Last year biological determinism in the study of sex and gender experienced a resurgence, with the professor of Development Psychopathology at the University of Cambridge, Simon Baron-Cohen, as its new figurehead.
In the spring months of 2010, the issue of female representation in public and intellectual spheres was passed along from public intellectual to public intellectual in a series of finger-pointing articles featured on the Guardian website.
Critic and novelist Bidisha initiatiated the debate with a scathing attack on the sorry state of the literary festivals and competitions that she had been involved with, complaining that she was ‘tired of being the token woman’. In the process Bidisha implicated Hay’s How The Light Gets In philosophy festival for its disproportionate number of male speakers. She revealed that she was happy to have had to drop out of the event on account of other engagements, highlighting that the only approvable gender balance in the whole festival was unfortunately within the entertainment tents.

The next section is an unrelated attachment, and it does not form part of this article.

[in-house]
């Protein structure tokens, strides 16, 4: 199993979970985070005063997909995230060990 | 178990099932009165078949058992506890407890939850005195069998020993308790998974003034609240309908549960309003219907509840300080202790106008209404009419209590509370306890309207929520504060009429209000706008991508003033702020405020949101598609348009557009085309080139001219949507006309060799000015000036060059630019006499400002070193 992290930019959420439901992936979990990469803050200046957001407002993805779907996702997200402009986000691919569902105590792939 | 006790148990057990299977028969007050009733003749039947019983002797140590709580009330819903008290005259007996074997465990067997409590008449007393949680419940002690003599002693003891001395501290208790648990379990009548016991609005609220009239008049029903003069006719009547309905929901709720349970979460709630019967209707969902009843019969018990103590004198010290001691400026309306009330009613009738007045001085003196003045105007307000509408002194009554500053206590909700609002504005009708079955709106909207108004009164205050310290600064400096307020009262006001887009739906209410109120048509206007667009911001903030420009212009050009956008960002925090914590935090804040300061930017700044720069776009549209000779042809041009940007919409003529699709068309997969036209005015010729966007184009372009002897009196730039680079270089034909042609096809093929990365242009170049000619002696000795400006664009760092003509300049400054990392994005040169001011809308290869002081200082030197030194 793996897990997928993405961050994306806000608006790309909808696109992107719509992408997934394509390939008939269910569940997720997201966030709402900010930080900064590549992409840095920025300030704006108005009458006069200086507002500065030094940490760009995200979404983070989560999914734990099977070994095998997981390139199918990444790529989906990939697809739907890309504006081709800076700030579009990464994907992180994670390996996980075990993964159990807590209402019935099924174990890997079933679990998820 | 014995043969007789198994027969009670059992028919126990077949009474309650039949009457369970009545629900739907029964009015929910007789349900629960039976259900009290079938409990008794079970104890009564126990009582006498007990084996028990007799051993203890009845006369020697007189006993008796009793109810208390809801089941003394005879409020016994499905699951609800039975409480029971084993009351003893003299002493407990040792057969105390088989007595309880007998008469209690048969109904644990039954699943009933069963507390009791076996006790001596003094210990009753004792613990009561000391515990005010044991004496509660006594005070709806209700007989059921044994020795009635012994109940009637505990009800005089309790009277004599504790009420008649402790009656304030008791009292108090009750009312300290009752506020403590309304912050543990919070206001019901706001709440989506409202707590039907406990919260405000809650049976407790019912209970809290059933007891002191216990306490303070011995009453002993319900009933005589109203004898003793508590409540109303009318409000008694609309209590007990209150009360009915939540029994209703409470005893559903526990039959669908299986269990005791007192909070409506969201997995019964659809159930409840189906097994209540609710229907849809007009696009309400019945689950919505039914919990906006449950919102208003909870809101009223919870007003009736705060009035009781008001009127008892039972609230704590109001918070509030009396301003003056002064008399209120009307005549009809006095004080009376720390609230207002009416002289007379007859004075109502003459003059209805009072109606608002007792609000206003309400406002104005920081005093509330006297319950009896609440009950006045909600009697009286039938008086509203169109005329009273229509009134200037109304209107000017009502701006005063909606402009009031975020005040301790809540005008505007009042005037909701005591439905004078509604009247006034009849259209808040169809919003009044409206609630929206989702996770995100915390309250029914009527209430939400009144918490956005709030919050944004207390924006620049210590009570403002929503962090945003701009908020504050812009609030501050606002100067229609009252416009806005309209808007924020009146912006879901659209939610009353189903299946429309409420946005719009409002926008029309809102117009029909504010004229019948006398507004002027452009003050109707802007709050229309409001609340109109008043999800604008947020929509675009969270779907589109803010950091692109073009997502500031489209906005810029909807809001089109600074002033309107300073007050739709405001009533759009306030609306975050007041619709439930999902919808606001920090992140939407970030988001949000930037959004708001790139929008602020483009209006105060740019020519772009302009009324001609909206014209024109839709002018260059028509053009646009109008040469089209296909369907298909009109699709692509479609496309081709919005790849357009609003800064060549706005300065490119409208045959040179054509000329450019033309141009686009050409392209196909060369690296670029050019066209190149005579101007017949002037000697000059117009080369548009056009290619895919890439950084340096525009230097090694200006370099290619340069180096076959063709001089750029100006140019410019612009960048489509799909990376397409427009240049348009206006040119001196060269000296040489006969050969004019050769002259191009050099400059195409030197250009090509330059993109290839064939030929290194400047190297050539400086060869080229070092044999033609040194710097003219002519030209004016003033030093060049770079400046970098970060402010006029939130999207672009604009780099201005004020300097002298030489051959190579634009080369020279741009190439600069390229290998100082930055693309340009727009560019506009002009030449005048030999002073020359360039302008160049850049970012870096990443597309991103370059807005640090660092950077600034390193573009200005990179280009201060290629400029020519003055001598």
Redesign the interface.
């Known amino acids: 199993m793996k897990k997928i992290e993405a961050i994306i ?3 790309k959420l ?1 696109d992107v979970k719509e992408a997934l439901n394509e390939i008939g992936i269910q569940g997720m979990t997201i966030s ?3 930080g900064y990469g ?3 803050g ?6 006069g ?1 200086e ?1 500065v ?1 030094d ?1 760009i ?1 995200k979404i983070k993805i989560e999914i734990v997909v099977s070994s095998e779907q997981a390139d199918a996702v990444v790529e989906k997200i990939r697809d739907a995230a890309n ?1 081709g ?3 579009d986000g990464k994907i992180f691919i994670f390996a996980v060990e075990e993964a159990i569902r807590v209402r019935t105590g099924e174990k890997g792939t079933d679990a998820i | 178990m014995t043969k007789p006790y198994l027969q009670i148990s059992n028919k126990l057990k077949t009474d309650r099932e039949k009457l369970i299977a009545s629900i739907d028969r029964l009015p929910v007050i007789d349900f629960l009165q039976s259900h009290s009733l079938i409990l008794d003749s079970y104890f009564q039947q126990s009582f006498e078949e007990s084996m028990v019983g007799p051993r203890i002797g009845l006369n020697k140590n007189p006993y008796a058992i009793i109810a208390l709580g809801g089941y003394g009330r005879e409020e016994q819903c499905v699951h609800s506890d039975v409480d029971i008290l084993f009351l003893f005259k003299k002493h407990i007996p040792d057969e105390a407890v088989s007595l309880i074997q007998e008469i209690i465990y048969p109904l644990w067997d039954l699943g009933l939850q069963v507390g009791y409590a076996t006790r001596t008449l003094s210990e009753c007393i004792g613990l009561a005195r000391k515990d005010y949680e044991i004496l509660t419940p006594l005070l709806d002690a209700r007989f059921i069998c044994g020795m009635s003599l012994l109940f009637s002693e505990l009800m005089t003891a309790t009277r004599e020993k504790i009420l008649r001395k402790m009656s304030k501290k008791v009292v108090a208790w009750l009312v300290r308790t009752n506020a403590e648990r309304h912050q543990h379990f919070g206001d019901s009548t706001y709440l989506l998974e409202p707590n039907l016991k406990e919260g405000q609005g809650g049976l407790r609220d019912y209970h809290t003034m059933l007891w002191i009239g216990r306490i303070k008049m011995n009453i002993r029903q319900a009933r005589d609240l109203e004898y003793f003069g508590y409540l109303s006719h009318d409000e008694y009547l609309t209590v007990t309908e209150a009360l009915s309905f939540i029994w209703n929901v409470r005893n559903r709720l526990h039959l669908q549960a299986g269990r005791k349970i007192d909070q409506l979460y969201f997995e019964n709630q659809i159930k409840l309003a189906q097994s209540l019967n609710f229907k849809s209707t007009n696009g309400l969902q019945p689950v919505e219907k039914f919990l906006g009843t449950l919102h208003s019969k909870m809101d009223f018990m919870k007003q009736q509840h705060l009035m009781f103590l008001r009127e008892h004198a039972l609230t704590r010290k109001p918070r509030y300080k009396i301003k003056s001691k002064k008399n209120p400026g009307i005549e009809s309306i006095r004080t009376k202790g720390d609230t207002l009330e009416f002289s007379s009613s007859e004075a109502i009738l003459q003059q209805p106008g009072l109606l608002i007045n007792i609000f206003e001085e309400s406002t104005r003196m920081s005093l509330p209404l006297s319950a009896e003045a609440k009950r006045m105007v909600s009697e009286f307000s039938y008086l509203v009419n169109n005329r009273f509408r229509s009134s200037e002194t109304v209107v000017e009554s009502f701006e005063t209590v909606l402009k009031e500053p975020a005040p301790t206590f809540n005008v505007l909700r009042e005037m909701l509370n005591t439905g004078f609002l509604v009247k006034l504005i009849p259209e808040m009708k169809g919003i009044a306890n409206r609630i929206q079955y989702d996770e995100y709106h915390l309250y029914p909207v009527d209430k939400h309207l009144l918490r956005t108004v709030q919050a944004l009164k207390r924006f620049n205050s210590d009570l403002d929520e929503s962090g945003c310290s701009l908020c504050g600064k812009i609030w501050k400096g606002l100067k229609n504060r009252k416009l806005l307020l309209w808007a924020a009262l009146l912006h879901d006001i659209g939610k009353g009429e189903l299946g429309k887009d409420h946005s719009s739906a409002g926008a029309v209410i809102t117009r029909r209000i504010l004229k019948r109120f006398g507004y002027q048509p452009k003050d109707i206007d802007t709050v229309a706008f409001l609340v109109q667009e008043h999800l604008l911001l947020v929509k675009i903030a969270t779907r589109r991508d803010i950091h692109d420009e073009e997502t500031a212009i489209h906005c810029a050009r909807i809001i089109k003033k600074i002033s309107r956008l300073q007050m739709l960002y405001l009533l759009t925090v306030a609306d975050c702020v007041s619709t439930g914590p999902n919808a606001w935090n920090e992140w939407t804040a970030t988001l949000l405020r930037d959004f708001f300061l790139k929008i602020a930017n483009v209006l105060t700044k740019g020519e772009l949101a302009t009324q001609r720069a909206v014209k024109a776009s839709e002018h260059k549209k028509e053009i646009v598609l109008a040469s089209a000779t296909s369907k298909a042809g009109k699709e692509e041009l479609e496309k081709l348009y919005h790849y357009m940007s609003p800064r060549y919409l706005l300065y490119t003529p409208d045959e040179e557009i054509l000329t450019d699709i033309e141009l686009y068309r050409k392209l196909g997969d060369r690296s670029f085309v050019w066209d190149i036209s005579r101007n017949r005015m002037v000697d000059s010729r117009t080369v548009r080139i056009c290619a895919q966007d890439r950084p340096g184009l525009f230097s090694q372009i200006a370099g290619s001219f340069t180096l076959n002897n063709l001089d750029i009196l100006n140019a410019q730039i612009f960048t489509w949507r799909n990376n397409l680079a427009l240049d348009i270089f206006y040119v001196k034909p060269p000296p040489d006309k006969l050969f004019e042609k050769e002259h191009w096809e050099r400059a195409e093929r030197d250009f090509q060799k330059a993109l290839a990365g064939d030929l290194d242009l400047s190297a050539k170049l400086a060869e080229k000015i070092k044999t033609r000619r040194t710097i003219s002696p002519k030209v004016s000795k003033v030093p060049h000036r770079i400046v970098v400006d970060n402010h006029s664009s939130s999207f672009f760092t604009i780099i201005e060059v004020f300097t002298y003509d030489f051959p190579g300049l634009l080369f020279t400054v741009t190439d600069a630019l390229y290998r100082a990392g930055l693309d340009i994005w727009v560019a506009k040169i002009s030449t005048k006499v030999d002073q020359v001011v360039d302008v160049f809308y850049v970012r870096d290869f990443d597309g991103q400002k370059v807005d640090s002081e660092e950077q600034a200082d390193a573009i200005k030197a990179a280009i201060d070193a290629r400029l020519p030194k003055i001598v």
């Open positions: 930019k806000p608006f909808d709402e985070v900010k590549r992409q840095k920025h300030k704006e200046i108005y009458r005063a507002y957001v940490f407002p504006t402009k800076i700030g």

Julian Baggini, the increasingly public face of philosophy as well as adviser to the How The Light Gets In festival, responded with an appeal to the practical issues involved in booking female guests, who he maintains are culpable to some extent Continue reading “Foe of Feminists Revived”